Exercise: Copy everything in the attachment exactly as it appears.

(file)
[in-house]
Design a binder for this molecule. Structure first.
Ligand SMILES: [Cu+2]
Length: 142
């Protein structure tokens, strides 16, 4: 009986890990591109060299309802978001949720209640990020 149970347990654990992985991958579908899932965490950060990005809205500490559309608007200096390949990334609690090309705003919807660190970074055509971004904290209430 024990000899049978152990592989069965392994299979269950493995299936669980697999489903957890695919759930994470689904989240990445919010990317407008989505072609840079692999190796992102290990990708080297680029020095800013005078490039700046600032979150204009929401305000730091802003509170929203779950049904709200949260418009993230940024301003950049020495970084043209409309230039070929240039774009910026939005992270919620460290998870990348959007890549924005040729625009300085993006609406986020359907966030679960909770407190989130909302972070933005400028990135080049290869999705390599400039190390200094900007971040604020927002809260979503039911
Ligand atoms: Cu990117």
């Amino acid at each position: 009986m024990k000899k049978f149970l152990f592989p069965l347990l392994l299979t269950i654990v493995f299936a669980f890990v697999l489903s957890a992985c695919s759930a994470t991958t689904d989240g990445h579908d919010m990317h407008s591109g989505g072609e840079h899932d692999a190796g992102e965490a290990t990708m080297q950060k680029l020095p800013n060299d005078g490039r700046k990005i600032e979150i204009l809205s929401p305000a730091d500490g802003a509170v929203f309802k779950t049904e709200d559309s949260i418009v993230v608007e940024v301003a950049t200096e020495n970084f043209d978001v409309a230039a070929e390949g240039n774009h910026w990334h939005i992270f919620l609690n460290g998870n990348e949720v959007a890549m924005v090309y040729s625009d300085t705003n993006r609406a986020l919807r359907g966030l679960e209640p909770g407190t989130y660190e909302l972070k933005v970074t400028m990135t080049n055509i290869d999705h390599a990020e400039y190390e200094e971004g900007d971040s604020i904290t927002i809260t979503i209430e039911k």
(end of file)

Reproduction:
[in-house]
Design a binder for this molecule. Structure first.
Ligand SMILES: [Cu+2]
Length: 142
């Protein structure tokens, strides 16, 4: 009986890990591109060299309802978001949720209640990020 149970347990654990992985991958579908899932965490950060990005809205500490559309608007200096390949990334609690090309705003919807660190970074055509971004904290209430 024990000899049978152990592989069965392994299979269950493995299936669980697999489903957890695919759930994470689904989240990445919010990317407008989505072609840079692999190796992102290990990708080297680029020095800013005078490039700046600032979150204009929401305000730091802003509170929203779950049904709200949260418009993230940024301003950049020495970084043209409309230039070929240039774009910026939005992270919620460290998870990348959007890549924005040729625009300085993006609406986020359907966030679960909770407190989130909302972070933005400028990135080049290869999705390599400039190390200094900007971040604020927002809260979503039911
Ligand atoms: Cu990117």
């Amino acid at each position: 009986m024990k000899k049978f149970l152990f592989p069965l347990l392994l299979t269950i654990v493995f299936a669980f890990v697999l489903s957890a992985c695919s759930a994470t991958t689904d989240g990445h579908d919010m990317h407008s591109g989505g072609e840079h899932d692999a190796g992102e965490a290990t990708m080297q950060k680029l020095p800013n060299d005078g490039r700046k990005i600032e979150i204009l809205s929401p305000a730091d500490g802003a509170v929203f309802k779950t049904e709200d559309s949260i418009v993230v608007e940024v301003a950049t200096e020495n970084f043209d978001v409309a230039a070929e390949g240039n774009h910026w990334h939005i992270f919620l609690n460290g998870n990348e949720v959007a890549m924005v090309y040729s625009d300085t705003n993006r609406a986020l919807r359907g966030l679960e209640p909770g407190t989130y660190e909302l972070k933005v970074t400028m990135t080049n055509i290869d999705h390599a990020e400039y190390e200094e971004g900007d971040s604020i904290t927002i809260t979503i209430e039911k």